Debt-Ceiling 101: The Federal Debt Limit and How it Impacts Your Job
In the past several weeks, there has been a great deal of chatter and speculation regarding the government hitting the federal debt limit. More recently, the focus has turned to the U.S. defaulting on its debt, as members of Congress refuse to come to a common sense agreement to raise the debt-ceiling and avoid a catastrophic default. This article is intended to answer some basic questions about what the debt-limit is, and how a potential default could impact your job and your family.
What is the federal debt limit?
The federal debt limit is a legal ceiling on the amount that the federal government can borrow to pay for expenses such as Social Security, Medicare, federal pensions and salaries, operations in Iraq and Afghanistan, and the remainder of Uncle Sam’s bills.
What happens when the debt limit is raised?
Despite what certain members of Congress may lead you to believe, raising the federal debt limit is a very common occurrence. In fact, Congress has raised the debt ceiling more than 70 times in the past 50 years. Each time, it was signed into law by the president – Republicans and Democrats. In doing so, the government is given the ability to borrow the money it needs to pay the bills it has already agreed to pay.
What happens when the debt limit is not raised?
If the limit is not raised by the time the government runs out of funds, a two-step process occurs.
During phase one, the suspension phase, the Treasury Secretary will use funds from the Civil Service Retirement and Disability Fund (CSRDF) and the Government Securities Investment Fund (G Fund) to pay the government’s bills until Congress raises the debt ceiling. All funds borrowed from the retirement funds must by law be returned once the ceiling is raised. Treasury has already begun borrowing from the retirement funds, and will continue to do so until August 2nd, when those funds are exhausted.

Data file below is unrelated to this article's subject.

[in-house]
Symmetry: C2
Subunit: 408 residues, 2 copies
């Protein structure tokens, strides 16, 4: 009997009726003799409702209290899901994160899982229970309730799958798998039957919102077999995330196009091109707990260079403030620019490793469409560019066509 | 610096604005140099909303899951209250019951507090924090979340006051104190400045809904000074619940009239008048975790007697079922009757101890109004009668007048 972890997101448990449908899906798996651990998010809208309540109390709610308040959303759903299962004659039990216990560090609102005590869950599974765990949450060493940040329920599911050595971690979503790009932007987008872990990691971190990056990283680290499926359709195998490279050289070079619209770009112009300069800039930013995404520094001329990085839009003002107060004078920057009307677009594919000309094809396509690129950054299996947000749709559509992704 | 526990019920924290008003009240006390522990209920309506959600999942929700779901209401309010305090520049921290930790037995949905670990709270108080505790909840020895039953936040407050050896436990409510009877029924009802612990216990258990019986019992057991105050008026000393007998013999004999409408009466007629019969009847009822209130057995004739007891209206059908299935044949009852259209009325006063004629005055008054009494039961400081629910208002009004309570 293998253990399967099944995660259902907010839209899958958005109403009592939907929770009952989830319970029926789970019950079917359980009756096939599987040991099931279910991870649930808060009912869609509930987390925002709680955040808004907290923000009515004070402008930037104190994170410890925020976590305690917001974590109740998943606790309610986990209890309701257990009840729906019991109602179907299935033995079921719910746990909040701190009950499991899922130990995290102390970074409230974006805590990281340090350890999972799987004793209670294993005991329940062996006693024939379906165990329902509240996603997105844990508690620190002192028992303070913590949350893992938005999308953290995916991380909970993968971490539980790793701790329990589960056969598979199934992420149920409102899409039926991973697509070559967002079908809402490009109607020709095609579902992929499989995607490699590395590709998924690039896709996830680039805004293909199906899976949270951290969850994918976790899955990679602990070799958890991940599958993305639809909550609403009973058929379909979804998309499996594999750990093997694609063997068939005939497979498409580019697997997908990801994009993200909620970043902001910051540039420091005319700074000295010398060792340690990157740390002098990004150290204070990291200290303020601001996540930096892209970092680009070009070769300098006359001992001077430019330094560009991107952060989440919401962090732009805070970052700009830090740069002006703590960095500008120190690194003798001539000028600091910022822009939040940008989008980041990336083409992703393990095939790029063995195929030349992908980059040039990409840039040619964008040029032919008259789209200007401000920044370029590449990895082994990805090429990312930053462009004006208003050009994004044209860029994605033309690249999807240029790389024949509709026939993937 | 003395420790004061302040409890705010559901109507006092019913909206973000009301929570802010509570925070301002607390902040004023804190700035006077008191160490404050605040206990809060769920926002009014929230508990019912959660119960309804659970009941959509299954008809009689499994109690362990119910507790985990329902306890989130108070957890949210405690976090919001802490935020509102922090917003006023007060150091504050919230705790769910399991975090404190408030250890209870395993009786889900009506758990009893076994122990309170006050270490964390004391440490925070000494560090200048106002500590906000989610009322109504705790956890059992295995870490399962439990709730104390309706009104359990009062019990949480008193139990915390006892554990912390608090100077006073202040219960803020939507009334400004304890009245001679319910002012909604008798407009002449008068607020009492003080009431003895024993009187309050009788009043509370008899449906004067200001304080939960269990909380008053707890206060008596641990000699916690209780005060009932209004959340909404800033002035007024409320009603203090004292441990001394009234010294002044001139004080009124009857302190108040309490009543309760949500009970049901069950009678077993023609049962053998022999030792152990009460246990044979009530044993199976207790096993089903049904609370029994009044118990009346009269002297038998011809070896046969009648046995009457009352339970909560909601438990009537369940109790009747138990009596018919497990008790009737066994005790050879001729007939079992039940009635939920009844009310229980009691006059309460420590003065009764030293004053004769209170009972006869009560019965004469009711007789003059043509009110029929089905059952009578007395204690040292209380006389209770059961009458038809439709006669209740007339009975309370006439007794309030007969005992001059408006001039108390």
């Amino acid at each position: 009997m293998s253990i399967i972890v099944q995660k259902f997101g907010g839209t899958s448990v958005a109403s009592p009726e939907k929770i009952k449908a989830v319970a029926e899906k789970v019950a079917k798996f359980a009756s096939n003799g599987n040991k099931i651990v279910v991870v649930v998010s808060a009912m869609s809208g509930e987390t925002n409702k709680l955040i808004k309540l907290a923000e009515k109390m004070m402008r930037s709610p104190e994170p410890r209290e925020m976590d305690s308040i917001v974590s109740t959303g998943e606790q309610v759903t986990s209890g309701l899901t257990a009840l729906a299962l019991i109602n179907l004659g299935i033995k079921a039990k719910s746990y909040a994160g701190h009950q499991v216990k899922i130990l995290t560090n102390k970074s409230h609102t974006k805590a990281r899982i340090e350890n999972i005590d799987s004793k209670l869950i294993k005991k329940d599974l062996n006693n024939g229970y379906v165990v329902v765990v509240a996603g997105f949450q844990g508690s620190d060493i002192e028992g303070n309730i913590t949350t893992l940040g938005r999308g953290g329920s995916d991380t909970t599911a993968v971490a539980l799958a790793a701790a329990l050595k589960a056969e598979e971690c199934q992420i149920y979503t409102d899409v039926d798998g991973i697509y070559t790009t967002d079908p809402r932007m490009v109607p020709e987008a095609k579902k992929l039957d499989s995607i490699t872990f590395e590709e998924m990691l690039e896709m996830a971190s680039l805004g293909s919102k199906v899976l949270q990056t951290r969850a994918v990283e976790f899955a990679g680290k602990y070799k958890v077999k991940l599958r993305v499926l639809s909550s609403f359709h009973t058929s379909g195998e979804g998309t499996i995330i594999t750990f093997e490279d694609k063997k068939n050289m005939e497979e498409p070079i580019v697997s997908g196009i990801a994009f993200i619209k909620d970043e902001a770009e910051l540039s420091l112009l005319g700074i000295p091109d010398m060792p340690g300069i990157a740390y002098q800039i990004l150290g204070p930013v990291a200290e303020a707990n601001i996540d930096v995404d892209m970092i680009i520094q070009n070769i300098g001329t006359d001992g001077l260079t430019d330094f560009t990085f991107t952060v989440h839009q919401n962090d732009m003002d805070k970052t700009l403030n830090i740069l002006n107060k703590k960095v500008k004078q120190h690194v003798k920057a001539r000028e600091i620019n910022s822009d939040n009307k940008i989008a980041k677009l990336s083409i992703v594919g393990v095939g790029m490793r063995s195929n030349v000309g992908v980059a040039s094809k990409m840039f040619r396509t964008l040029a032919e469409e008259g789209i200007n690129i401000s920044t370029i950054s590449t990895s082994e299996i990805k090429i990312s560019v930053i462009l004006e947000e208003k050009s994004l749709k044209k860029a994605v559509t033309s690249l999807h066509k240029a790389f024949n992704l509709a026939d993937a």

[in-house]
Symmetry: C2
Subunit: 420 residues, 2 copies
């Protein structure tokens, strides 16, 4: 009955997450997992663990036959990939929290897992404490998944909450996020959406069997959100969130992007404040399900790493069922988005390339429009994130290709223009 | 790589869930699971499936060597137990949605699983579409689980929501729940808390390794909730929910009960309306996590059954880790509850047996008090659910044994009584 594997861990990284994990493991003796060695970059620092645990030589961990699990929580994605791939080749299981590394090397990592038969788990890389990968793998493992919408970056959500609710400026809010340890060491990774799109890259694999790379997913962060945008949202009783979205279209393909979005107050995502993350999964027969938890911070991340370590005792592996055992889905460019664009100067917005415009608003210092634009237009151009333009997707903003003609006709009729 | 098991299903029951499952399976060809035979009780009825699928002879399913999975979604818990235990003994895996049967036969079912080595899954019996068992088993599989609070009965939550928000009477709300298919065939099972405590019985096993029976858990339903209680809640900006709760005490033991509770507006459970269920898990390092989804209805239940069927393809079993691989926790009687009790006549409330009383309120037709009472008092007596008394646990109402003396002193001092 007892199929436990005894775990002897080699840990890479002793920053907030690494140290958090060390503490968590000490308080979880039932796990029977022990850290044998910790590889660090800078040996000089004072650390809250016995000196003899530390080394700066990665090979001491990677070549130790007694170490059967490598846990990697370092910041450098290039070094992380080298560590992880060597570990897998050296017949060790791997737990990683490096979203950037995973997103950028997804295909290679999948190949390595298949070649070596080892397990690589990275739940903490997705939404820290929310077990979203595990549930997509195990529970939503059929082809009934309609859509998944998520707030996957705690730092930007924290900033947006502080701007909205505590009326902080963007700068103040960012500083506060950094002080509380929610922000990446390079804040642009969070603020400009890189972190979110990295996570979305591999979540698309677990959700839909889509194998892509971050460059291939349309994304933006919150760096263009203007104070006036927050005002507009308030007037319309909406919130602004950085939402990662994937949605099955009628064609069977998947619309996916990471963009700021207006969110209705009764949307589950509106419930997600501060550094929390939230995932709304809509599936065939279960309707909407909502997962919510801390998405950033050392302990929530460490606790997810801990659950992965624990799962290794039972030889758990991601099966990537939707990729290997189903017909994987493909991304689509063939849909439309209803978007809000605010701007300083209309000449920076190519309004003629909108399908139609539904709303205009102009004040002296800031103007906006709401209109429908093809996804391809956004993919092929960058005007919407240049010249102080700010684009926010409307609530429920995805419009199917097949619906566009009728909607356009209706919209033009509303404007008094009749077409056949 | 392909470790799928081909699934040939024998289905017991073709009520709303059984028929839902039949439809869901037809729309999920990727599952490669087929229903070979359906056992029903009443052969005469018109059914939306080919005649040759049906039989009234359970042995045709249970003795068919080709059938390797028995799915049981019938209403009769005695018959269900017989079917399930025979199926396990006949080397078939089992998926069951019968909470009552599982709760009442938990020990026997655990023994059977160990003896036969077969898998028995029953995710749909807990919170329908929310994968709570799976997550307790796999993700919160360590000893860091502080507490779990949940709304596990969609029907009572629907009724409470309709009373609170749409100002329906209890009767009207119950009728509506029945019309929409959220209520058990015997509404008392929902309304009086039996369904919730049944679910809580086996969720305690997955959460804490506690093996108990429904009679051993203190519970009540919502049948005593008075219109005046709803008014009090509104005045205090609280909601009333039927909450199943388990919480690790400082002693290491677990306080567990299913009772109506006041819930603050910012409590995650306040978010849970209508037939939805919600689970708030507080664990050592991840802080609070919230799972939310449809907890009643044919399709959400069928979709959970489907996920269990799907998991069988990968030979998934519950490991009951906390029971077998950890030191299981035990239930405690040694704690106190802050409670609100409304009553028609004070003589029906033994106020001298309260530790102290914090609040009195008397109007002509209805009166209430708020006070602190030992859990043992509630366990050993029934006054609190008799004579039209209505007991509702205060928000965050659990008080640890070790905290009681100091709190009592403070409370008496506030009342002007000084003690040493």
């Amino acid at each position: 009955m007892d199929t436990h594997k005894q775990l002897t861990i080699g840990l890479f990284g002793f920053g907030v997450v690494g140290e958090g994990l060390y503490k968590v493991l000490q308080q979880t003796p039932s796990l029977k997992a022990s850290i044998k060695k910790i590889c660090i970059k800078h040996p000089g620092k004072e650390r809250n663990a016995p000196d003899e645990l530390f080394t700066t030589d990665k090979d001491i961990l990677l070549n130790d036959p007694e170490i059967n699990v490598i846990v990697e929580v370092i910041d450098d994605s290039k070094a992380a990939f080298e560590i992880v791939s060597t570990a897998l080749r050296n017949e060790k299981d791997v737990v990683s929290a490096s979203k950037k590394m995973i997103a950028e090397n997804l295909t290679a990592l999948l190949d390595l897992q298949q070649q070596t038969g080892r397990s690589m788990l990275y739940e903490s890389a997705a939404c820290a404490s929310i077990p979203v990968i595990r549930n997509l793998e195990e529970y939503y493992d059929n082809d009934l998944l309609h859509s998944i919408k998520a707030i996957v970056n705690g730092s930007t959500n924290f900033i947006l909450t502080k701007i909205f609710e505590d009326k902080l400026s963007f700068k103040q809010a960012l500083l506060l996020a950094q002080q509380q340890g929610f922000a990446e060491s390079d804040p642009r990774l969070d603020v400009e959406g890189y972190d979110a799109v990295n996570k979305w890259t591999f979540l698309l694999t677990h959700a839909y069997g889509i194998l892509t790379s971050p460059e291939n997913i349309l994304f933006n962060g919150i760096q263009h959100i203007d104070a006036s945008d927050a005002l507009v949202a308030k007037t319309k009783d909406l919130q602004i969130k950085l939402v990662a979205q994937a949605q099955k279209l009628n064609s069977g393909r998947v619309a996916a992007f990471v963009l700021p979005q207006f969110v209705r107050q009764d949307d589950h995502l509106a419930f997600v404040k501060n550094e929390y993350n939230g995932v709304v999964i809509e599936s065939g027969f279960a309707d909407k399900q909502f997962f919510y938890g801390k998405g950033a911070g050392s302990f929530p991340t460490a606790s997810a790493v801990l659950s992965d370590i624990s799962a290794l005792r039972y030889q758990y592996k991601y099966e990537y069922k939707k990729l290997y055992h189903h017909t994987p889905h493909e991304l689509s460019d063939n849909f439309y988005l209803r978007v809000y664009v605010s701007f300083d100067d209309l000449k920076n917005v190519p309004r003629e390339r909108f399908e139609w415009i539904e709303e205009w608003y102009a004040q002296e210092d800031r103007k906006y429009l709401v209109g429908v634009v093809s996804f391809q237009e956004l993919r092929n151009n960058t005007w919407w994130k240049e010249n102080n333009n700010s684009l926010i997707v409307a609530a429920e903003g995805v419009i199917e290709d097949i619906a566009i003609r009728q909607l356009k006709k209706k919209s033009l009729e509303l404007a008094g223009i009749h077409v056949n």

During phase two, the default phase – which is where the government will be if the ceiling is not raised by August 2 – the government will have exhausted its ability to borrow money. This will leave the government unable to pay its bills in full and will result in default.
What happens when the government defaults on its debt?
The truth is, no one knows. In its 223-year history, the U.S. government has never defaulted on its debt. What we do know is that once a default occurs, the government can only pay its bills by using income tax revenue. Unfortunately, current tax revenues cover less than 60% of the federal budget.
Without the ability to borrow and inadequate tax revenue, the government will be forced to pick and choose which bills it wishes to pay first. According to a Congressional Research Service report, the Treasury can either pay bills in the order they are due or prioritize some for payment and other for delinquency.
What impact would a default have on federal employees?
Despite numerous attempts, NFFE and other federal unions have received no information from Congress or the Administration regarding the consequences of a potential default. This makes it hard to judge the impact because a default has never occurred before. However, most agree that nearly all federal employees would be impacted in some way as their agencies will not have the requisite funds to pay their bills.
This means that everything from pay and benefits to retirement checks could be delayed, diminished, or done away with for the duration of the default. Even after a default is brought to an end, there are still questions of whether federal employees will be made whole. Widespread furloughs – possibly numbering in the hundreds of thousands – are another distinct possibility as agencies look to stay afloat.
Depending on how the government decides to spend the 60% of the budget it takes in through revenue, some agencies and employees could feel less of an impact than others.
What can I do to stop the government from defaulting?
Washington politicians are playing a dangerous game of political brinksmanship with the debt ceiling. The time for games is over. There is too much at stake for federal employees, their families, and the American public who rely on their services.
Call your member of Congress using the phone number below, and tell them to come to a reasonable agreement to raise the debt ceiling and protect the pay and benefits that federal employees have earned. Remember to call on your own time, using your own phone, and not in your capacity as an agency representative.